Last days at Jay’s, Blue Heron 

Jay LaFlesch—the “Jay” in “Jay’s” since 1984—still greets the beverage distributor with his weekly beer order. But the beer guy won’t be darkening his door for much longer: After 19 years of owning the Main St. bar, LaFlesch is in the process of selling his liquor license and closing up shop. He’s not willing to name names or go into specific details until he closes the deal, but he confirms that when the sale goes through, the license will be leaving the premises, and then there will be no more Jay’s—upstairs or downstairs.

“I haven’t seen any money yet,” he says. [The deal] hasn’t closed. My biggest priority has been giving my employees enough time to make arrangements.”

Rumors of an impending sale have circulated for years, which LaFlesch concedes is probably his own fault for countenancing every half-serious offer that’s come through the door—at least one a year, he estimates.

“Everybody wants to own a bar,” he says, shaking his head. “Somebody always comes in talking about wanting to buy it, but most of them are wannabes. It costs a lot of money to run this kind of operation. Most people can’t come up with the collateral or enough cash. Somebody comes in asking about buying the bar, and suddenly it’s ‘Jay is selling the place!’ It’s all been hearsay.”

Another live music club long subject to sale hearsay is The Blue Heron on West Pine. The two-year-old-venue is on the market for $625,000, the Missoulian has reported that the club has ceased booking new shows.

The closures seems likely to leave a yawning void in Missoula’s live music scene.

LaFlesch is well aware of Jay’s’ importance to the local music scene for the past 10 years, and notes that maybe it’s time for the young to leave the nest.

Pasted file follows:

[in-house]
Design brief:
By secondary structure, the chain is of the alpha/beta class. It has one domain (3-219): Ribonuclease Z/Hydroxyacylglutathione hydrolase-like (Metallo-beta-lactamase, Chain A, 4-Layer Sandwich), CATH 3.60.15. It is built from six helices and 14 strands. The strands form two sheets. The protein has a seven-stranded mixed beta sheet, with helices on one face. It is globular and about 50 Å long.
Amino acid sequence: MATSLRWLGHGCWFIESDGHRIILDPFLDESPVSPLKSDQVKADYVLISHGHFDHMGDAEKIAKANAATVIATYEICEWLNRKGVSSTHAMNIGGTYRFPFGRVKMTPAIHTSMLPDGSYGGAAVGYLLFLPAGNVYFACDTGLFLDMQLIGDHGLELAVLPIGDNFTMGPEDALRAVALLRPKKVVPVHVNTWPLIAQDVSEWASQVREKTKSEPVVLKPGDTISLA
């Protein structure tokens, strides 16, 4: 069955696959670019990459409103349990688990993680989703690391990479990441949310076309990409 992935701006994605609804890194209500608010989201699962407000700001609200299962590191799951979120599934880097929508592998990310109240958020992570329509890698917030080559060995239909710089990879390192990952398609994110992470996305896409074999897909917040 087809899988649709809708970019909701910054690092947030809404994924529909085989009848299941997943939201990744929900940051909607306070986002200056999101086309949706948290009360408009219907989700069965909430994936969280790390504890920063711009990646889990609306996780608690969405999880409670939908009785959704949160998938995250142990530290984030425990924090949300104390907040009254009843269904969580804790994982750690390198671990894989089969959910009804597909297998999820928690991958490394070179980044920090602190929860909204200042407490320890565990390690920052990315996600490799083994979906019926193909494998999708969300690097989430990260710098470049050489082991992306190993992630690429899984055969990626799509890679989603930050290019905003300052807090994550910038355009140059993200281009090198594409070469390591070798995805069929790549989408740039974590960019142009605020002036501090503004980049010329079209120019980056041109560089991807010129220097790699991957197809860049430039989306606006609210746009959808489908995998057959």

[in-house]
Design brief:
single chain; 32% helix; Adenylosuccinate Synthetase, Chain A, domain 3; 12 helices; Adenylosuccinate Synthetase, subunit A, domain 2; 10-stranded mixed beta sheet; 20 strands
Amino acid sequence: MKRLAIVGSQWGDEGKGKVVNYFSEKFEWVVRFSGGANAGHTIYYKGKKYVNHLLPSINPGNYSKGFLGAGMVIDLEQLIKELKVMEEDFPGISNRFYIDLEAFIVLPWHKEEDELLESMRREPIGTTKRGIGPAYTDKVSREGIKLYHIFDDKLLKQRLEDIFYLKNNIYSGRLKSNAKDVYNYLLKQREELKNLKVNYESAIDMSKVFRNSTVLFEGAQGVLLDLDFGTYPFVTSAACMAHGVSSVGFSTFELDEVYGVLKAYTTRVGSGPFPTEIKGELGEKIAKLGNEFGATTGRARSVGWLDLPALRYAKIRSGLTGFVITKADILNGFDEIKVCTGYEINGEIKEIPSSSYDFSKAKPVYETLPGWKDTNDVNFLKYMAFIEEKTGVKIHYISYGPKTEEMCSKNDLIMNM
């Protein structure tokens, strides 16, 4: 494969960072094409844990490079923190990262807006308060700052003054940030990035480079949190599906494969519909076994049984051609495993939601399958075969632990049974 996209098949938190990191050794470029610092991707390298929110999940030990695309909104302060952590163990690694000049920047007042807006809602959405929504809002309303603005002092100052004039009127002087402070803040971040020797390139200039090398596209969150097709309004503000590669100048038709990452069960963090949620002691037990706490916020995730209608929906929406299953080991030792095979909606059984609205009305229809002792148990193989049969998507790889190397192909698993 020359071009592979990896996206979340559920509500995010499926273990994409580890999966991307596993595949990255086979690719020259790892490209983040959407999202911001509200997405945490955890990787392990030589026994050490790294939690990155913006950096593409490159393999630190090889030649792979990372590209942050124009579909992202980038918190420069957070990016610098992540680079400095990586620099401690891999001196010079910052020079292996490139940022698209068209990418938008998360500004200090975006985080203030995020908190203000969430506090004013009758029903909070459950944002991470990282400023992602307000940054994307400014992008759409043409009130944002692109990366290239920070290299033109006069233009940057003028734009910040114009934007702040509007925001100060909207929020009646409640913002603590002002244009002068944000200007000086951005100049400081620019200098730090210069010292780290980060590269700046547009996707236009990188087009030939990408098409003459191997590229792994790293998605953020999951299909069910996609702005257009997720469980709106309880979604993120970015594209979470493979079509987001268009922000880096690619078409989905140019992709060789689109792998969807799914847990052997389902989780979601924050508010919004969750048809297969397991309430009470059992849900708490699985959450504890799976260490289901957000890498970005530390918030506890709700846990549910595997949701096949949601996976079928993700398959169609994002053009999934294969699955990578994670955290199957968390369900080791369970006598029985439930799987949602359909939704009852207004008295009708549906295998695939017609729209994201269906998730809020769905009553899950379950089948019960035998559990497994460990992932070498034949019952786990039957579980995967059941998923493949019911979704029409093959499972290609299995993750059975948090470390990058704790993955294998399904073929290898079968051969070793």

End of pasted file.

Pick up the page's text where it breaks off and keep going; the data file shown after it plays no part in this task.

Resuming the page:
“I’m glad that I was able to provide the place for them,” LaFlesch says. “But you have to understand that I’m considerably older than most of these guys, and maybe it’s time for them to move on, too. I think other venues in town should pick up where I’m leaving off.”

The implication is that someone else should run the rock ’n’ roll clubhouse for a while—“If,” he says defiantly, “anybody else can run it.”

LaFlesch says he’ll keep the building for the time being, though he’s not sure what he’s going to do with it. It’ll be business as usual until the sale goes through, which he expects will happen before September. And yes, he says, there will probably be one hell of a final blowout. Is he sentimental, reflecting back on his 19 years of running the bar?

“I am, a little bit,” he says, almost wistfully. “But I’m also glad I’ll be doing something else eventually. Change is good, and I was ready for a change.”

And the first thing he intends to do with his freedom? LaFlesch doesn’t pause for a second.


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